196w ago - Playstation Blog updated with latest info:
Thank you for your patience while we work to resolve the current outage of PlayStation Network & Qriocity services. We don't have an exact date to share at this moment as to when we will have the services turned on, but are working day and night to ensure it is as quickly as possible. We are currently working to send the following message via email to all of our registered account holders regarding a compromise of personal information as a result of this malicious attack on our servers, so please look for this information via email as well. Please note that we are as upset as you are regarding this attack and are going to proceed aggressively to track down those that are responsible.
Source, full text and letter (plus interresting comments below) here: [Register or Login to view links]
Valued PlayStation Network/Qriocity Customer,
We have discovered that between April 17 and April 19, 2011, certain PlayStation Network and Qriocity service user account information was compromised in connection with an illegal and unauthorized intrusion into our network. In response to this intrusion, we have:
1) Temporarily turned off PlayStation Network and Qriocity services;
2) Engaged an outside, recognized security firm to conduct a full and complete investigation into what happened; and
3) Quickly taken steps to enhance security and strengthen our network infrastructure by re-building our system to provide you with greater protection of your personal information.
We greatly appreciate your patience, understanding and goodwill as we do whatever it takes to resolve these issues as quickly and efficiently as practicable.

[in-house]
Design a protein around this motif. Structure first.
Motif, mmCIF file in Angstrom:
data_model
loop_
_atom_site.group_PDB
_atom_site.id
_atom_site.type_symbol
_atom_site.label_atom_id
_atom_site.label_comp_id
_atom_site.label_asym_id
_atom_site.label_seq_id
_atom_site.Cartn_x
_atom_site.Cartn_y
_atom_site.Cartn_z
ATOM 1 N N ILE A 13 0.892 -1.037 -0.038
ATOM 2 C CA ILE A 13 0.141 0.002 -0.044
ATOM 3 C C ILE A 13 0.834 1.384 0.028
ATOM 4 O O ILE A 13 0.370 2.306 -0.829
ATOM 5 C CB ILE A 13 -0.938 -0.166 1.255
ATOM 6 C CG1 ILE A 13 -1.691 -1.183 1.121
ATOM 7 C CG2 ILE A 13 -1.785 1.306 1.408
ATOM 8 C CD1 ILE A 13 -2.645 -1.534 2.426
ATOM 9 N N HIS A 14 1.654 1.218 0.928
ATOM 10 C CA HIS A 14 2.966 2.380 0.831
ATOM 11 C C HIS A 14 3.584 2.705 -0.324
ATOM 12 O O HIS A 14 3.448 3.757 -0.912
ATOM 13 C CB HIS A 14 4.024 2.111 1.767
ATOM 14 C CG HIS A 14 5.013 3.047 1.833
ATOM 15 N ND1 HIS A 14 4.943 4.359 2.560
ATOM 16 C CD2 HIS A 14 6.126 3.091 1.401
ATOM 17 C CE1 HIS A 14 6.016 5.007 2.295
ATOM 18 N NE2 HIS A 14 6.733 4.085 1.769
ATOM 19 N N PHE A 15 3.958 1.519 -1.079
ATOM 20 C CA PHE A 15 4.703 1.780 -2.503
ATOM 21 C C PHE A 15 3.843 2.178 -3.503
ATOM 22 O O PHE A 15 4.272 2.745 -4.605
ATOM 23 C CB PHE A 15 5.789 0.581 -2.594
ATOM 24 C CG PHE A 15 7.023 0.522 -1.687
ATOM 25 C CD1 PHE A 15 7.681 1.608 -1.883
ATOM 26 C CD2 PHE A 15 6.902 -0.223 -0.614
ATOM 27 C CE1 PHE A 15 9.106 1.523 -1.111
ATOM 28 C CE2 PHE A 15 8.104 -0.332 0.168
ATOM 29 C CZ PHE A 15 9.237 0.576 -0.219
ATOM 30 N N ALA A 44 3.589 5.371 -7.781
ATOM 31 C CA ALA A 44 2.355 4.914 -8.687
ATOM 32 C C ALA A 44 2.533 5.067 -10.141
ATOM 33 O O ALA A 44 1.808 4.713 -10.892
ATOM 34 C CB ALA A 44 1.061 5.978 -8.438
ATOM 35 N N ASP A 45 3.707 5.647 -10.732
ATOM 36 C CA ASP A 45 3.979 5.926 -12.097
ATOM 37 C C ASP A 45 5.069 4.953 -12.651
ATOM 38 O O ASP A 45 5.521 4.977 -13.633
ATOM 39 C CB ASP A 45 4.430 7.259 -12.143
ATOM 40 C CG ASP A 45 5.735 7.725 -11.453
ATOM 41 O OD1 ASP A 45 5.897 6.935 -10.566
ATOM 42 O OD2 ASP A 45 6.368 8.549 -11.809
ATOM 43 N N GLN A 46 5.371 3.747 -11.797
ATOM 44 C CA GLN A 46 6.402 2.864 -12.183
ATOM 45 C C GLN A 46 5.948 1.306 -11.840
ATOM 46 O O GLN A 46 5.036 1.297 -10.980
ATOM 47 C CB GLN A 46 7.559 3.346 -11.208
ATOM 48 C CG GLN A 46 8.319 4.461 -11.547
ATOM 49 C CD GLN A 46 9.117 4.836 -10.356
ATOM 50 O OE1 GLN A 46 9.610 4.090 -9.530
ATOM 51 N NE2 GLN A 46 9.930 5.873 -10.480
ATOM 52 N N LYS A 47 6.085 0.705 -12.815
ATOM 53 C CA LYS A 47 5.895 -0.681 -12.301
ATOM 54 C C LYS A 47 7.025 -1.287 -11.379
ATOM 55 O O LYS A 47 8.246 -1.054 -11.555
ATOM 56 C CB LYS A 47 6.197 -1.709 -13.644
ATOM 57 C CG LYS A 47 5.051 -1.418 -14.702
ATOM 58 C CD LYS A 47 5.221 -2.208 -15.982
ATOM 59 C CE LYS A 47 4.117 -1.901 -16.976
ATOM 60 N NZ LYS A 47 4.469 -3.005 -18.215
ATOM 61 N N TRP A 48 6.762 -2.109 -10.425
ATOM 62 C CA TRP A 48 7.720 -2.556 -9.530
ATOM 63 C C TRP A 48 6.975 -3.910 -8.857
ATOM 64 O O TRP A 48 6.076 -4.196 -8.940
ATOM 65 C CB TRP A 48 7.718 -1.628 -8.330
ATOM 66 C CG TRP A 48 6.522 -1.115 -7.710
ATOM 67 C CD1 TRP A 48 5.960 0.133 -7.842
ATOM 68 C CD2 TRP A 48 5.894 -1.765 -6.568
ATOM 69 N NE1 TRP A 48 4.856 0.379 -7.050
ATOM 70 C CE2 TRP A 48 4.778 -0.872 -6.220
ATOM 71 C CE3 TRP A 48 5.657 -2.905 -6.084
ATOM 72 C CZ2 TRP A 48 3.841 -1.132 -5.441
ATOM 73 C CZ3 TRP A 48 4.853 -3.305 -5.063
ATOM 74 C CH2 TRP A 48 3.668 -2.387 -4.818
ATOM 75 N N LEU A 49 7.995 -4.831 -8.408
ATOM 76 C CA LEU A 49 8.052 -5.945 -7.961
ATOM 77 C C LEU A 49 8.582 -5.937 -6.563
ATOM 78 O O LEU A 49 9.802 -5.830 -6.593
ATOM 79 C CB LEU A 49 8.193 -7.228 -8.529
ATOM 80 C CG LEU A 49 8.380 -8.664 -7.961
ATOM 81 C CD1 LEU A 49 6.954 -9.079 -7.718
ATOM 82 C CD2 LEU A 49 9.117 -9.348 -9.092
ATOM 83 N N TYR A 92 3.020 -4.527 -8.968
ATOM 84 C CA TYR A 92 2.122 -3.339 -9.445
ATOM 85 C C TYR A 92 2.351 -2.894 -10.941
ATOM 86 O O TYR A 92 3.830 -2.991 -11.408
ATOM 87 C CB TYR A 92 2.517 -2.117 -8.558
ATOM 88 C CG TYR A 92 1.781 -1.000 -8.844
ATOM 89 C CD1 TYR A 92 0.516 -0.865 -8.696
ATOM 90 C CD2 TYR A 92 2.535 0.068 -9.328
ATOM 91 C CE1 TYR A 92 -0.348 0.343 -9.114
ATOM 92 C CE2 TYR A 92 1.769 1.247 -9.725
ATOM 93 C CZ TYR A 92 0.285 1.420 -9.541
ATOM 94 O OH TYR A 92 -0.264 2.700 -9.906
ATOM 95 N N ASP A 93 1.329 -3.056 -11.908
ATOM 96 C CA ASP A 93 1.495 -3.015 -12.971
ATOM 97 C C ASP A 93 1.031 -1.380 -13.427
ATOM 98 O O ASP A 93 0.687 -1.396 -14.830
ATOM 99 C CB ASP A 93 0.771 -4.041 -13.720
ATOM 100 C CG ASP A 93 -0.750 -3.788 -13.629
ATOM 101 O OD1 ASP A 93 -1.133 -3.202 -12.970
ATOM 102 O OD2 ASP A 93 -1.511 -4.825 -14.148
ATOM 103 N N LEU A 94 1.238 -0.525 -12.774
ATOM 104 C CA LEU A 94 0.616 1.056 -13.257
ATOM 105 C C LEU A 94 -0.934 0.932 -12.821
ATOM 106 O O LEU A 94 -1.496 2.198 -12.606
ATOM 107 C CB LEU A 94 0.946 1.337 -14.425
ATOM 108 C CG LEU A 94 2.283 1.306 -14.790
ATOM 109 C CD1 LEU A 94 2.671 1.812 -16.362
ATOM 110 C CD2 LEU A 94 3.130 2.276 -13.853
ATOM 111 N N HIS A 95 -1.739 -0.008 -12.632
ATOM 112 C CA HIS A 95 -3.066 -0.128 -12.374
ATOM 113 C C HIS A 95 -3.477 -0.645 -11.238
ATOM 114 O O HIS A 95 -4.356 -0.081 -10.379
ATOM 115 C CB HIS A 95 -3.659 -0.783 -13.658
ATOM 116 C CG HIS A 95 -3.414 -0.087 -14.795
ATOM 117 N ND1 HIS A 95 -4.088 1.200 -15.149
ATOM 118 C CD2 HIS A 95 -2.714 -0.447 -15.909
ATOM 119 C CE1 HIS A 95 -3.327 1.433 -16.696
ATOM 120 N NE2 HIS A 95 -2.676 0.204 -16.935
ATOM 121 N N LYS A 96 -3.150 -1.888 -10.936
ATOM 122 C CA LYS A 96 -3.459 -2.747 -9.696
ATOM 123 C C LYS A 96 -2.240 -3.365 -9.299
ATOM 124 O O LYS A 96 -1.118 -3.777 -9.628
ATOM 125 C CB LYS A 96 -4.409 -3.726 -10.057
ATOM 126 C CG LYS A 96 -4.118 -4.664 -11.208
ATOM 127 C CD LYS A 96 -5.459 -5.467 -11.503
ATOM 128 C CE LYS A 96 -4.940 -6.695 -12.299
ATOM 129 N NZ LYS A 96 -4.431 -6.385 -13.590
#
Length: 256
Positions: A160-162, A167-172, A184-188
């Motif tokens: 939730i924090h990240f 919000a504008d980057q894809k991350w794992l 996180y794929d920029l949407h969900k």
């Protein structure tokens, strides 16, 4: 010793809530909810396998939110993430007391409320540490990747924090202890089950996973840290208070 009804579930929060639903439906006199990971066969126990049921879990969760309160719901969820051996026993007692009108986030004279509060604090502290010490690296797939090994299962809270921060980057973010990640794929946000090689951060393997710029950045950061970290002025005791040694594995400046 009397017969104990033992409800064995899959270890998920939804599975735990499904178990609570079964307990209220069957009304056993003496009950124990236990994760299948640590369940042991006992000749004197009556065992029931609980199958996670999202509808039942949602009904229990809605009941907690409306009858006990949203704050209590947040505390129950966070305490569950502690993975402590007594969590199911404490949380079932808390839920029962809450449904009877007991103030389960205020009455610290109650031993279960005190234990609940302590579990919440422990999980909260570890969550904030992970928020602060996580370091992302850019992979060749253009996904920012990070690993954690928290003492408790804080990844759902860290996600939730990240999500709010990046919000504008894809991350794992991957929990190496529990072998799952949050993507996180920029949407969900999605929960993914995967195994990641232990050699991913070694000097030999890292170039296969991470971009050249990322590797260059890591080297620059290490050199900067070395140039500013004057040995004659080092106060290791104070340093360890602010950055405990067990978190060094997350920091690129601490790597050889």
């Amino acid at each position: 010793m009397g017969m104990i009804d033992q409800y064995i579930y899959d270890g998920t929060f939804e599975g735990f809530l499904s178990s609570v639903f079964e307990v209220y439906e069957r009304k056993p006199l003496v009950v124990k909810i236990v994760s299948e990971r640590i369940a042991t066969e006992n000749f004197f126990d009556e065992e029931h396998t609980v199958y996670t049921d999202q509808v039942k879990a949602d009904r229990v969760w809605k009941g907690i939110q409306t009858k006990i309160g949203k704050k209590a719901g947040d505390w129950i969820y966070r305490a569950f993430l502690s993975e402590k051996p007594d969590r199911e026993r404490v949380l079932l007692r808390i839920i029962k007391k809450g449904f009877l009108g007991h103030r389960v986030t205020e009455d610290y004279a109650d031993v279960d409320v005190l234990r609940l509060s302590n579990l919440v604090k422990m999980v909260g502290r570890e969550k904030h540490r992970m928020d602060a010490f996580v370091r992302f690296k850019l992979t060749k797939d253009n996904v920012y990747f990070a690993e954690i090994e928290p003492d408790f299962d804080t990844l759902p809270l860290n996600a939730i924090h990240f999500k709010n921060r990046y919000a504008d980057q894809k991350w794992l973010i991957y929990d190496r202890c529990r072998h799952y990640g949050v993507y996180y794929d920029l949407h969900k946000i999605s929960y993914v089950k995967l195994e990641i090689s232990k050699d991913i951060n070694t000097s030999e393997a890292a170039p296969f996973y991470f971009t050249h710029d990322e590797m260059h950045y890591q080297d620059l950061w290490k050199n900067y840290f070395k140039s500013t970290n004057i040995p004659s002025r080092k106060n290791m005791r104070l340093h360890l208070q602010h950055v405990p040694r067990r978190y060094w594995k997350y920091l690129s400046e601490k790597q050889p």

Although we are still investigating the details of this incident, we believe that an unauthorized person has obtained the following information that you provided: name, address (city, state/province, zip or postal code), country, email address, birthdate, PlayStation Network/Qriocity passwords and login, and handle/PSN online ID. It is also possible that your profile data, including purchase history and billing address (city, state, zip), and your PlayStation Network/Qriocity password security answers may have been obtained. If you have authorized a sub-account for your dependent, the same data with respect to your dependent may have been obtained. While there is no evidence that credit card data was taken at this time, we cannot rule out the possibility. If you have provided your credit card data through PlayStation Network or Qriocity, to be on the safe side we are advising you that your credit card number (excluding security code) and expiration date may also have been obtained.
For your security, we encourage you to be especially aware of email, telephone, and postal mail scams that ask for personal or sensitive information. Sony will not contact you in any way, including by email, asking for your credit card number, social security, tax identification or similar number or other personally identifiable information. If you are asked for this information, you can be confident Sony is not the entity asking. When the PlayStation Network and Qriocity services are fully restored, we strongly recommend that you log on and change your password. Additionally, if you use your PlayStation Network or Qriocity user name or password for other unrelated services or accounts, we strongly recommend that you change them, as well.